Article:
In Half Moon Bay

there are all these halves
at the edge of the sea,
like half a heart of shore
briefly cradling a sea star
that has bravely lost its arms.
When its stone coral mouth
is already drained of sea water,
its spine of honeycombed lime
would be the last to go.
At low tide, the feisty and starry
flounder leaves tracks in pursuit
of ghost shrimp;
while the shy and snowy plover
wades in and out of waves,
not playing but foraging
for sand hoppers,
its fortune tied with the tides
like sand and moonshine.
But count on the bread to still
rise on century-old bricks
six days a week, like goodwill,
or good fortune inside a wave.

(Postcard poem #4: This is part of a series of poems I’m writing about the different communities in San Mateo County.) #speakpoetryinsanmateocounty

There are no kings in America
(Opening of the San Mateo County Board of Supervisors’ Meeting on July 9, 2019)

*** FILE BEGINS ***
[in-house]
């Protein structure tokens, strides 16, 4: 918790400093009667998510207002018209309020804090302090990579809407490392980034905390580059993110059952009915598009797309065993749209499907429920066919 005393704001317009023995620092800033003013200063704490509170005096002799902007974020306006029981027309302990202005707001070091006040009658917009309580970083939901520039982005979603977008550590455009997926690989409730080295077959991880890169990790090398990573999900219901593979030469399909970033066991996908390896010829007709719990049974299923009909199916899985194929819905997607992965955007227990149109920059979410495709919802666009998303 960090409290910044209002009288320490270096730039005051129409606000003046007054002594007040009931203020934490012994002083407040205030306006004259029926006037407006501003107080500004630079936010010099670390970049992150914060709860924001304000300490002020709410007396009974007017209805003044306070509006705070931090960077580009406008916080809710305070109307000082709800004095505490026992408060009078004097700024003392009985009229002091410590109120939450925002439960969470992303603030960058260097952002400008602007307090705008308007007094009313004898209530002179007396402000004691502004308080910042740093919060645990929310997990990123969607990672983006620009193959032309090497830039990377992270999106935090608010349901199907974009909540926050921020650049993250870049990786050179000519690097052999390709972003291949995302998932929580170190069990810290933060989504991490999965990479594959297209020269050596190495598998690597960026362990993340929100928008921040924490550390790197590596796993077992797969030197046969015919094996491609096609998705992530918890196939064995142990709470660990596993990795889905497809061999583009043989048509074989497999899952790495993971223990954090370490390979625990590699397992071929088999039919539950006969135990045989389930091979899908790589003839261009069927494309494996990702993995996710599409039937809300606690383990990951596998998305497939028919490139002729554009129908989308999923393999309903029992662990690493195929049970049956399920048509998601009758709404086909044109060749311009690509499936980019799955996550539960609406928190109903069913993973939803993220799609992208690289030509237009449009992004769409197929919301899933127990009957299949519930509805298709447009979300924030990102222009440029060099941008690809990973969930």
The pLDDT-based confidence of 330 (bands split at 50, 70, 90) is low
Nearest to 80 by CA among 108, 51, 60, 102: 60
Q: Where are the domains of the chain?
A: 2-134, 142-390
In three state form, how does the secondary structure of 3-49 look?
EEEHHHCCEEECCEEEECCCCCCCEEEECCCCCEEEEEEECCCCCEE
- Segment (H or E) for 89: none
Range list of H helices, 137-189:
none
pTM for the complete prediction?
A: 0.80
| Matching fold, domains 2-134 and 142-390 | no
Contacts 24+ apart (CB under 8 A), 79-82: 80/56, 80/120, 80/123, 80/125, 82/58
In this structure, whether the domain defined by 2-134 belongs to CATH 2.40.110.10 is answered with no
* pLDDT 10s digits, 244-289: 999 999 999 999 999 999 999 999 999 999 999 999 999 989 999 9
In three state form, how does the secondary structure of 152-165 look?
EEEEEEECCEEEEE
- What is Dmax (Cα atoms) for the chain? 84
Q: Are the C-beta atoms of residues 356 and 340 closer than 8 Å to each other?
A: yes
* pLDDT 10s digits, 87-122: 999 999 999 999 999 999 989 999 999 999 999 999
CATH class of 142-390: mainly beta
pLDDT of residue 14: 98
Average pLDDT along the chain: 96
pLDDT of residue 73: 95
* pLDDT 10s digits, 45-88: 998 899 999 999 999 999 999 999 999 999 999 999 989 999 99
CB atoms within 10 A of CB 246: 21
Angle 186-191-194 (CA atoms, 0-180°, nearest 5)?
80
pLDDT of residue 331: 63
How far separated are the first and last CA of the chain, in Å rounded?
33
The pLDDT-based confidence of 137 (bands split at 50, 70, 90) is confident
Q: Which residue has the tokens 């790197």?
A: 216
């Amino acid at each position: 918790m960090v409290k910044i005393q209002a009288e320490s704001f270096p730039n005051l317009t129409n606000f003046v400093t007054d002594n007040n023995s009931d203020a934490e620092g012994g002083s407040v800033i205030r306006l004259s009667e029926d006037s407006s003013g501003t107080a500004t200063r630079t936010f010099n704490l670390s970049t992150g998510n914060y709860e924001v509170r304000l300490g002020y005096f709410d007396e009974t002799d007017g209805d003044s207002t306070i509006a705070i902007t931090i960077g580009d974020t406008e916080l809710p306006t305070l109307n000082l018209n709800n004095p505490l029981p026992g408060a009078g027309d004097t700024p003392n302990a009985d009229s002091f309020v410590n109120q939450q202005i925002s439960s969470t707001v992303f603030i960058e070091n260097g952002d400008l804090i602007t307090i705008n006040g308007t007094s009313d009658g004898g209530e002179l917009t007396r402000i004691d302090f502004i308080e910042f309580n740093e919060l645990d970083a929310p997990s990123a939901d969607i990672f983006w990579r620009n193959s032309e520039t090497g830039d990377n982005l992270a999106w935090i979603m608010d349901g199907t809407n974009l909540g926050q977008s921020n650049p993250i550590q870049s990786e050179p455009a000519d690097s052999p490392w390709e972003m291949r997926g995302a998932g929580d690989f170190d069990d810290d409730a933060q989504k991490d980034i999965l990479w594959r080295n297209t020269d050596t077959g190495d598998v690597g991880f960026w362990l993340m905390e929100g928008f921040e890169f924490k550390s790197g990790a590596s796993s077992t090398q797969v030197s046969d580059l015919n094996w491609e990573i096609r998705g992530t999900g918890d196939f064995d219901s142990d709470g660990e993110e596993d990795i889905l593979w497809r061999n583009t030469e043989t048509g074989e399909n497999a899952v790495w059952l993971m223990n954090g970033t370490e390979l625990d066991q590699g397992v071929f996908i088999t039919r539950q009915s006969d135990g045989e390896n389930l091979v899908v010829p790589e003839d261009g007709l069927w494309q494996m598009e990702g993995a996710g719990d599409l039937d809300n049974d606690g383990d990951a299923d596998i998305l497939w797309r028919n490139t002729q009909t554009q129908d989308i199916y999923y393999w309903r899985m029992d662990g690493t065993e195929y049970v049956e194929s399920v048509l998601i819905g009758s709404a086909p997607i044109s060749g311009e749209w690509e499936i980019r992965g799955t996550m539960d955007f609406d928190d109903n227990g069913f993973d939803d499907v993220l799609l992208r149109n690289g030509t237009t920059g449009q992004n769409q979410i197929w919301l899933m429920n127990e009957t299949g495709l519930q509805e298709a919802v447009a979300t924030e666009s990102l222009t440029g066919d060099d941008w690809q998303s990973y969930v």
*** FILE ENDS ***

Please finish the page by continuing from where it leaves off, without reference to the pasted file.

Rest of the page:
Poetry, please
(San Mateo County Board of Supervisors’ Meeting, October 23, 2018)

And when we speak
let it be said

that nothing is lost
in translation.

That our words are true
and tenable.

That we understand
the meaning of “sii,”

the Ohlone word for water,
which is you.

The Ohlone knew this.
They were first of this county,

borne of seawater and
woven reeds to salt

marshes and pickleweeds
and saltwater silvered

by smelt.
They fared

on abalone
and blue elderberry.

Western chokecherry.

All flourishing, grace-filled,

If I were a weaver,

I would gift you
a basket made of sandbar

willow and tule,
bright as cinnabar.

But I can only write
this poem,

a tributary,
to carry

the weight of water
as it flows and hefts

the meaning of you.
Giver and taker.

And everything that I knew.

*Information about Aileen’s poetry collections/chapbooks here and here.